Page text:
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The date on my Windows 7 x64 PC has twice been set to the year 2028, which causes all sorts of stuff to stop working (website certs, TV guide listings, virus definition updates, etc). Any idea what would cause this?

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There are several solutions, that one of them will solve your problem for sure.

  • Sync your clock settings with (the previous answer shows you how to do that)

  • Check for any malicious software on your PC. Maybe it caused by some virus.

  • More likely solution: If nothing helps, you might need to replace your CMOS battery. It basically allows the motherboard to store data such as the time and power on settings. If the battery wears out, it'll need a replacement.

To replace the CMOS battery, you'll have to follow these steps (this was copied from some previous answer of mine, that I posted here in Super User):

  • This is the CMOS battery:

    alt text

  • As you can see, on the battery you'll see the model number (which in the picture is CR2032)

  • In the battery slot there is some metal clip that you have to press on it in order to pull off the battery. Take the battery off, and if your not sure what is the battery model, just take it with you to the nearest electronic shop, and they will know what to give you (it should cost less than 1$)

That's it. Just plug in the battery, and see if it solved your problem.

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But don't use your fingers to install it like that. Your fingers will leave a slight residue (i.e. a finger print) which can be enough to lower the lifetime of CMOS batteries. (So little power is used by the CMOS/RTC circuits that any other loss is significant.) – Richard Jul 15 '10 at 7:20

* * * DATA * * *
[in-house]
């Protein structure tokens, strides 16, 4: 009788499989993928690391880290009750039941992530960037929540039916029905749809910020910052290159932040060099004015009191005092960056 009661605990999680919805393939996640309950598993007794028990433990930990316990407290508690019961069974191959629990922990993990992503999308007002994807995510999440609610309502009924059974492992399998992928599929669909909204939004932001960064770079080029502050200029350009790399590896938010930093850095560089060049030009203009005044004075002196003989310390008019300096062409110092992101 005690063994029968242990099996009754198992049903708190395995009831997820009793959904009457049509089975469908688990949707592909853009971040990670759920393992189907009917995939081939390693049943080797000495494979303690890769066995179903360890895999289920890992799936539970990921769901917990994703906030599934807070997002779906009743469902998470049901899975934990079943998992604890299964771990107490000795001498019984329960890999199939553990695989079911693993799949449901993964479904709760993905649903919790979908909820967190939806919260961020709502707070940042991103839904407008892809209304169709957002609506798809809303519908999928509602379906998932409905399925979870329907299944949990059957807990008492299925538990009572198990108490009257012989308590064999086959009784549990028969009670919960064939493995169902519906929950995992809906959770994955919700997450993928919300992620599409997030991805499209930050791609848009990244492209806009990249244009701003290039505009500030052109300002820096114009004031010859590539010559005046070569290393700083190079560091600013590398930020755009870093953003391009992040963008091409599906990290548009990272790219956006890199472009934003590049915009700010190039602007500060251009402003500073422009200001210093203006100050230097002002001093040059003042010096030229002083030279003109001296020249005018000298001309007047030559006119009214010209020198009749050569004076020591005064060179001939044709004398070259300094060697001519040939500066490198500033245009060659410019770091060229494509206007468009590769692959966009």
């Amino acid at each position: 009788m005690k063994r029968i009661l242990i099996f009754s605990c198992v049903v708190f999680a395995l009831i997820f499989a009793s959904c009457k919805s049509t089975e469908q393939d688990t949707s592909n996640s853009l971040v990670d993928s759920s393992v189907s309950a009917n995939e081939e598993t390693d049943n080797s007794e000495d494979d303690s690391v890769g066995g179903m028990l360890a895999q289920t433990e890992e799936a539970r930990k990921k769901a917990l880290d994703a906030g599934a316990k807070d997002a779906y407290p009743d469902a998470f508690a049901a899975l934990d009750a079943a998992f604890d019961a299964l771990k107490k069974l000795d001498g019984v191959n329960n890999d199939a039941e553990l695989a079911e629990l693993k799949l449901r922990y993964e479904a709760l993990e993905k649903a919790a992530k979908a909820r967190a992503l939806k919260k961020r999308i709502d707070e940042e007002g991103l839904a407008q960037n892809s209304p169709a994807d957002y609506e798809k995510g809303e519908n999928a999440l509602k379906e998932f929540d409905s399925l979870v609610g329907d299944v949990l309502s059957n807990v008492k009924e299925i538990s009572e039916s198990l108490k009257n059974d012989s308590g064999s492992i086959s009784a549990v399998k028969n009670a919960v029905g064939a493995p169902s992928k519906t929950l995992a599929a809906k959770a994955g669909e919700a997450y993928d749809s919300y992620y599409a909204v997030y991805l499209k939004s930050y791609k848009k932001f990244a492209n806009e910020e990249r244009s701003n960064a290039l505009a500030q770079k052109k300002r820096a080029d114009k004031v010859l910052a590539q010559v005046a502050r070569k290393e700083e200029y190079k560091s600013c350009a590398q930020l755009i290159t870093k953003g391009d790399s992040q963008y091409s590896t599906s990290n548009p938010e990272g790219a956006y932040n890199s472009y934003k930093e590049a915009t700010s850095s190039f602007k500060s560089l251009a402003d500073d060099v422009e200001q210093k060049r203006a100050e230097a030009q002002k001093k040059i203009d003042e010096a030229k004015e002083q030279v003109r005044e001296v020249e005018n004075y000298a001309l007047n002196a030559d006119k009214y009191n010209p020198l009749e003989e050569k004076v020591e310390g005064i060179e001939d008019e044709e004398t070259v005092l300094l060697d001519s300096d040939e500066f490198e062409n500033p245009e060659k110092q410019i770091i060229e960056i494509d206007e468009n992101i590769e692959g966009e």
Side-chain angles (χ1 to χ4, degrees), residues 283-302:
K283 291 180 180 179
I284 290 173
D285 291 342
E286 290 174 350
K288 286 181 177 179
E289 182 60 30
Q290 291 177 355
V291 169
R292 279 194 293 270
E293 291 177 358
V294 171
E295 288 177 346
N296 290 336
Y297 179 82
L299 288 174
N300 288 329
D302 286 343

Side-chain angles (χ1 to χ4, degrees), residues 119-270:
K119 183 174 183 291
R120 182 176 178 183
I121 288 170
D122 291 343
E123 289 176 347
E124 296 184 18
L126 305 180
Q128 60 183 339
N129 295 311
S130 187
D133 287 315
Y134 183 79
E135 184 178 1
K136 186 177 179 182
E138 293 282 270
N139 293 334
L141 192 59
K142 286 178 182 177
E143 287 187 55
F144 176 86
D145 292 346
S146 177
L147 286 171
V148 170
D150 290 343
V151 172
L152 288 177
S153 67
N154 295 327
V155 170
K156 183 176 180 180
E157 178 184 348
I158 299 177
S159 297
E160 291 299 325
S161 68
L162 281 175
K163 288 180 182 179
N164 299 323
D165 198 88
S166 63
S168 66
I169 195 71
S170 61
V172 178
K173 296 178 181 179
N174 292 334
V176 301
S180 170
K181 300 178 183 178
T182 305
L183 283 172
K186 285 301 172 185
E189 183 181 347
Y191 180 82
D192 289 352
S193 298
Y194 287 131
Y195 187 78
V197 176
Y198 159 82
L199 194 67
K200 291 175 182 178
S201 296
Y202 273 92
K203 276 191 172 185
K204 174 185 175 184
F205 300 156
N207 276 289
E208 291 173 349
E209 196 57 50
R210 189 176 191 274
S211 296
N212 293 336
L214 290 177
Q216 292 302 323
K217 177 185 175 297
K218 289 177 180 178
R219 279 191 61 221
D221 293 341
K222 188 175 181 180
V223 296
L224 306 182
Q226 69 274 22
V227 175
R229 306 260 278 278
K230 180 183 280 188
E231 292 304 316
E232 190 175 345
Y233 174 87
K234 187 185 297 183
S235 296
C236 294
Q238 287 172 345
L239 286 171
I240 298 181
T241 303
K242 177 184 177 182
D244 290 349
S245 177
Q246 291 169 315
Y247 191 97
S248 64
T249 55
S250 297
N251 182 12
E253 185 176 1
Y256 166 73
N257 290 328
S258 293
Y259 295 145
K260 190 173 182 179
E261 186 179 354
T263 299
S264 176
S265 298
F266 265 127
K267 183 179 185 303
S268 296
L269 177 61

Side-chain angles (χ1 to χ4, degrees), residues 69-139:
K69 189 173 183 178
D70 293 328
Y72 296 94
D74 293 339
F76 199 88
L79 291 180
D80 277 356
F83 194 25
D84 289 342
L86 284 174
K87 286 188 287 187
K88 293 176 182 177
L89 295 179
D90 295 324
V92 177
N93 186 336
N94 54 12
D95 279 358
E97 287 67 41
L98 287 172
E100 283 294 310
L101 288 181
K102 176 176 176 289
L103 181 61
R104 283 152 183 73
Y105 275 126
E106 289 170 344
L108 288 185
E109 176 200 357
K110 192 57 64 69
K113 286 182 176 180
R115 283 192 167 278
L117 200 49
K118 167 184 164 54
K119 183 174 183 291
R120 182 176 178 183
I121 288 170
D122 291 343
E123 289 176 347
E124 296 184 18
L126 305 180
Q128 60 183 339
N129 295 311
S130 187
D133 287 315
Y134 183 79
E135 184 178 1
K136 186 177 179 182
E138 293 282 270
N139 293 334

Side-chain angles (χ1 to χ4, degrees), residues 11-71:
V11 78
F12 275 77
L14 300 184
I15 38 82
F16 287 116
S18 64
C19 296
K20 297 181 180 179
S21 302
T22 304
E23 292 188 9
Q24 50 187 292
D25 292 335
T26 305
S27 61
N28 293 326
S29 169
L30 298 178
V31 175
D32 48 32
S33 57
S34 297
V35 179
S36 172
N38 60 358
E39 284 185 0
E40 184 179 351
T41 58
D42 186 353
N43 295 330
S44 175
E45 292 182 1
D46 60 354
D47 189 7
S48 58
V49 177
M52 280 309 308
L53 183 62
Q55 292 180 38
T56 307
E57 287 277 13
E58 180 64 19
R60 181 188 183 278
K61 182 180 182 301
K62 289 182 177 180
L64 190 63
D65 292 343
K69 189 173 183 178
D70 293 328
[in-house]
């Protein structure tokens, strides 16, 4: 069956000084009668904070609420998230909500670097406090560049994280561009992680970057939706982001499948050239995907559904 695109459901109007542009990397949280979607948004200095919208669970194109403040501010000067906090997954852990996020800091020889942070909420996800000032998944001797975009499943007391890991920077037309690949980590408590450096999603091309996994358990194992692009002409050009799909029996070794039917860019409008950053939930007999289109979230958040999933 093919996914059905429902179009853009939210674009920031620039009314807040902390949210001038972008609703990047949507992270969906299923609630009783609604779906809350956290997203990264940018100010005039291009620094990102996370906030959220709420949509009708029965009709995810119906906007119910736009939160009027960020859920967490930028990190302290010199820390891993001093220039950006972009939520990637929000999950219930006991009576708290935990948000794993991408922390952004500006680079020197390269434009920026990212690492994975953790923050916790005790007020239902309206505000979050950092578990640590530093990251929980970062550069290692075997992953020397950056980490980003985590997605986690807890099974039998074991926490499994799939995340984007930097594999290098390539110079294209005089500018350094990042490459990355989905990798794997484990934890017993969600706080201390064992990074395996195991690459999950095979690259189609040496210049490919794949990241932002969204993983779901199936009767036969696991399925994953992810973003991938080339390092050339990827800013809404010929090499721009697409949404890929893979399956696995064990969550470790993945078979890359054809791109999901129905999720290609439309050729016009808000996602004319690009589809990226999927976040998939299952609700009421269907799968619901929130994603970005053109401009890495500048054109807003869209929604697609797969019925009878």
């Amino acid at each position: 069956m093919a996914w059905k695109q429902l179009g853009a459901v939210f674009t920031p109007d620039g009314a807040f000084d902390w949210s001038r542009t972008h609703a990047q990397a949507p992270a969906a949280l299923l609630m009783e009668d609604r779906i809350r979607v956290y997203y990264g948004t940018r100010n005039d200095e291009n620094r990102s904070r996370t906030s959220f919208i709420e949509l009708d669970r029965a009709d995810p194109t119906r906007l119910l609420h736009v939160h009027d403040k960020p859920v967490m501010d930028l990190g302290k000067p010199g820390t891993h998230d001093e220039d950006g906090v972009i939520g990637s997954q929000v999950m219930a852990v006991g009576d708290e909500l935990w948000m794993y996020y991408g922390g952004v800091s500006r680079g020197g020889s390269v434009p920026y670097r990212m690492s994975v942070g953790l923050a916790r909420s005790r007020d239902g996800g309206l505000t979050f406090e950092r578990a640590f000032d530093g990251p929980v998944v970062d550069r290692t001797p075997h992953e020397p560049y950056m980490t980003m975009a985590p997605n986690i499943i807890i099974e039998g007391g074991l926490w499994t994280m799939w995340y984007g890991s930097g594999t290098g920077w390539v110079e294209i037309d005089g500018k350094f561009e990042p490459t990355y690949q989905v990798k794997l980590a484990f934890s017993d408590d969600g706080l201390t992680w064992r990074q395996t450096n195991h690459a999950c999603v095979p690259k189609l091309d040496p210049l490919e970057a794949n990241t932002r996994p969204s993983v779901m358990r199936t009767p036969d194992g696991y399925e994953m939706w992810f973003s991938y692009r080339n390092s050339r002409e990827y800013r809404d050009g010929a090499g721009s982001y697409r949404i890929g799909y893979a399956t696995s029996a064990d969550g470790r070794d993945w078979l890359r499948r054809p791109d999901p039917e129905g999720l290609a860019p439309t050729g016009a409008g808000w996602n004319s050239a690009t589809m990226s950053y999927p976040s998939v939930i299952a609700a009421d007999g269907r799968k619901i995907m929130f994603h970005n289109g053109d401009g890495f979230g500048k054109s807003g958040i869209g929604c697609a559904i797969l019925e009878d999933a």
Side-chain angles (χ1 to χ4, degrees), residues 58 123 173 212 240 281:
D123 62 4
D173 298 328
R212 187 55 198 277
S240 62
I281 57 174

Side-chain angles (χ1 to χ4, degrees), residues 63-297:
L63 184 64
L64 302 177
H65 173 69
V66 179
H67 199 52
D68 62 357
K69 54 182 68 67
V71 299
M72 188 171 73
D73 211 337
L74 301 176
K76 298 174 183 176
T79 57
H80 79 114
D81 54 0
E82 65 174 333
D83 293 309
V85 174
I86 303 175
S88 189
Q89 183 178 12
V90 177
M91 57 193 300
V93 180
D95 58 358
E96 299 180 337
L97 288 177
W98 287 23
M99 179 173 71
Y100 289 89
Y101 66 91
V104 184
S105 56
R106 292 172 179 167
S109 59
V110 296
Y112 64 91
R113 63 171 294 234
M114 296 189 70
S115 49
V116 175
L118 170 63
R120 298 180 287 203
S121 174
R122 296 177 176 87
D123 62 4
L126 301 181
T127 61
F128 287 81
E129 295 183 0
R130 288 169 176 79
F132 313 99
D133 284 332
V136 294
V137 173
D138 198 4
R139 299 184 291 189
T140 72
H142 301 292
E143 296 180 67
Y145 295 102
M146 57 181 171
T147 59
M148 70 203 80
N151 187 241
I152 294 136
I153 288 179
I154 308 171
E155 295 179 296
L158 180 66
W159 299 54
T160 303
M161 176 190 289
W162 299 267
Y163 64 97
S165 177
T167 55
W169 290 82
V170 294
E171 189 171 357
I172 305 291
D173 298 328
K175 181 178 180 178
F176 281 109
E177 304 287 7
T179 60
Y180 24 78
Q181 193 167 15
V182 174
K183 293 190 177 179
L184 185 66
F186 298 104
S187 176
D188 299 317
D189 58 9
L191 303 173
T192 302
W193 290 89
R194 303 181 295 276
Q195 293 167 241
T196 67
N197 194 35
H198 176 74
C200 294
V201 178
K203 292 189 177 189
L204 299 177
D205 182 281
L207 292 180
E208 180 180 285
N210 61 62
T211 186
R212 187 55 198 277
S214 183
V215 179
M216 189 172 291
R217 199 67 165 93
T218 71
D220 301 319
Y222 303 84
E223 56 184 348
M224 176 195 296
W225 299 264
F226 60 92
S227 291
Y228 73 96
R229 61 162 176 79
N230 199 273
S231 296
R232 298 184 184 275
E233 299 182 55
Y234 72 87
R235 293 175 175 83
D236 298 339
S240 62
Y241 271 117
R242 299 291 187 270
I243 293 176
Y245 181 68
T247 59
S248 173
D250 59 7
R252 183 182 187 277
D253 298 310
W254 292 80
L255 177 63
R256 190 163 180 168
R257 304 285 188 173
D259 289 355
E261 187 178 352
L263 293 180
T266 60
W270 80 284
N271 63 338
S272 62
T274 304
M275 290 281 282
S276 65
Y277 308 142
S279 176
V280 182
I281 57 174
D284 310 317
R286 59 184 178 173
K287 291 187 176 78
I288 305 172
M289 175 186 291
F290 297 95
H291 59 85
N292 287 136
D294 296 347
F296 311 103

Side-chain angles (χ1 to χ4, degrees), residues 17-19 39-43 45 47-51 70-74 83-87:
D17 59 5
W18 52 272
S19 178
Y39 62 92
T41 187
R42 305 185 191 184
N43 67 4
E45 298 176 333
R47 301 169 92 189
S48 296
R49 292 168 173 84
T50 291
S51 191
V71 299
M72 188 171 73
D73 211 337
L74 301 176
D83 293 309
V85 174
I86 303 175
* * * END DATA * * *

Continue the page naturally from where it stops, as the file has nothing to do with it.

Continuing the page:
It's actually doesn't matter (from my actual experience). I've replaced many CMOS batteries like that from old computers (6 years old and even some older PC's) - and they work excellent till these days. – Matan Eldan Jul 15 '10 at 7:24
Replacing button batteries like this is never wise... – BloodPhilia Jul 15 '10 at 10:24
My knowledge in electricity is not that deep, but what i'm saying is that my actual experience (which I'm not ashame to say - is very deep) prove me otherwise than what you guys said. I've NEVER had any problems with CMOS batteries before and as I said - I've replaced ton's of them. In old PC's and New PC's as well. Sometimes, actual experience with stuff like this, is much better than any "voodoo" instructions. In real life the manual is not 100% clean of mistakes. – Matan Eldan Jul 15 '10 at 11:16

Some broken BIOS settings may cause it, but it's more likely it's a hidden software problem.

I would recommend to check the synchronize checkbox at the time settings page in WinXP, that will fix your clock by synchronizing with a NTP (Network Time) Server.

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